Individuals who wish to work as teacher assistants can complete associate degree programs offered at many community and 2-year colleges that prepare students for this career path. Nevertheless, on-the-job training is offered to a majority of teacher assistants. It is important for teacher assistants to be able to prepare instructional supplies, keep records, run audiovisual equipment, and have sufficient computer skills. Teacher assistants who have instructional duties, such as reviewing class notes and tutoring students, must have sufficient knowledge about class materials and teaching techniques, and must be familiar with the school’s organization and procedures.
As teacher assistants constantly interact with students and teachers, they must have good writing and communication skills. They must have the ability to act with fairness and patience in every classroom situation. Teacher assistants should like to work with students from many different cultural backgrounds. Students and parents who speak a language other than English as their primary language are becoming more and more common. This is creating a demand for bilingual teacher assistants, especially those who speak Spanish.
Teacher assistants advance, typically in the form of increased salaries or more responsibility, by gaining more education or experience. A number of school districts offer tuition compensation or time away from the job to support teacher assistants who want to further their education by earning teaching licenses or bachelor’s degrees. Assistants often must agree to teach for a specific length of time for the school district if they participate in tuition reimbursement programs.
Job and Employment Opportunities
Compared to projected employment growth through 2002 for all occupations, employment is anticipated to increase somewhat faster for teacher assistants. This is due to the increasing number of students who will need to work with teacher assistants, such as special education students and students who speak English as their second language, compared to the general school-age population. Non-native English speakers and students with disabilities are required by legislation to receive an education comparable to that of general education students. Teacher assistants will be needed to help meet these students’ special needs. Special education and general education teachers depend on teacher assistants to give the individual attention that children with special needs require. These factors will create many job openings for teacher assistants despite only stable or slightly increasing student enrollments.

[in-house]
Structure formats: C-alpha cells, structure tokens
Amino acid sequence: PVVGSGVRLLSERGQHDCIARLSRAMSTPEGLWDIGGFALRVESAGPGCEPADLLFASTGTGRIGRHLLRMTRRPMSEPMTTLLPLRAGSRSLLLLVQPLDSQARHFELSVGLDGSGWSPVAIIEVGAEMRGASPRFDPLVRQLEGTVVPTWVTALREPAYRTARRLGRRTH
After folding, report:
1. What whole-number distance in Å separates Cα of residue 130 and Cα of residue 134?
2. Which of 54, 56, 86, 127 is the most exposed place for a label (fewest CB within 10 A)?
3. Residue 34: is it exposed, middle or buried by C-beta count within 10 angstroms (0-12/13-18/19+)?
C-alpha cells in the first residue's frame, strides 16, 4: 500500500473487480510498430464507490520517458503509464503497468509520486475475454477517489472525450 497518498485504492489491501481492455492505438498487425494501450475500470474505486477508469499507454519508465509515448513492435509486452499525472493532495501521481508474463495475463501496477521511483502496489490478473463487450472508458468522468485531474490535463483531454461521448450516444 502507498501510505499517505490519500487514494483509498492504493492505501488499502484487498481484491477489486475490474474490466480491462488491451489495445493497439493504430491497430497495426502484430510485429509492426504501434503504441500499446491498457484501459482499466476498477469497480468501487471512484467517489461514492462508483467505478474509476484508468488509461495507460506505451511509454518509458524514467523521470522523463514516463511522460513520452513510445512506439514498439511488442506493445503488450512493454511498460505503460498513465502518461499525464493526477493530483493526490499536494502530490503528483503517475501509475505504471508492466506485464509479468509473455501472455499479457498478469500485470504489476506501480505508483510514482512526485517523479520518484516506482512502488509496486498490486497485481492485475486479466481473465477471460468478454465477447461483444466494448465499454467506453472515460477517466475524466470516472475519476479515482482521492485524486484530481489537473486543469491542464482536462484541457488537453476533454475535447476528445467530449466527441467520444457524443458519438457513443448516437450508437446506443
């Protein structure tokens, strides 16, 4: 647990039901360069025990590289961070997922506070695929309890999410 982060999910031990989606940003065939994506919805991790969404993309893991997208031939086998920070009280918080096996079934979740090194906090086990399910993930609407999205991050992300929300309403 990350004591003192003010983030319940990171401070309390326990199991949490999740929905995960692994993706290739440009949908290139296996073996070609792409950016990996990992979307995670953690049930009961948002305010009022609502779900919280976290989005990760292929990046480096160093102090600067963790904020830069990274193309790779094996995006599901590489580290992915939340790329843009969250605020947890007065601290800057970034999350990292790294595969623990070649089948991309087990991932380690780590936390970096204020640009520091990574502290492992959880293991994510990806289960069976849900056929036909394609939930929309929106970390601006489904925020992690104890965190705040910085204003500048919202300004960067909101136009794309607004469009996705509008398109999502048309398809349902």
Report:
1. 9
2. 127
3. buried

The No Child Left Behind Act, which places emphasis on educational quality and accountability, is likely to lead to a growing demand for teacher assistants. Teachers will need the help of increasingly more assistants to prepare students for standardized testing especially those students who do poorly on standardized tests. After-school and summer programs will create new employment opportunities for teacher assistants. As teacher assistants leave the field to take on family responsibilities, shift career paths to other types of employment, or for other reasons attributed to employment that involves little formal education and offers somewhat low pay, even more openings will be created in addition to those produced by growth.
Teacher assistant employment opportunities are predicted to be best for high school graduates who have at least 2 years of formal education. School districts with high percentages of students whose families do not speak English at home will seek bilingual applicants. Demand will likely differ depending on geographic region. Areas such as the South and West, where school enrollment and general population are growing quickly, should have increased demand for teacher assistants.
Historical Earnings Information
In 2002, teacher assistants had median salaries of $18,660. The middle 50-percent had annual earnings between $14,880 and $23,600. The highest 10-percent had median salaries more than $29,050, and the lowest 10-percent earned less than $12,900.
Full-time teacher assistants typically receive health insurance and other benefits, while those who work part-time generally do not.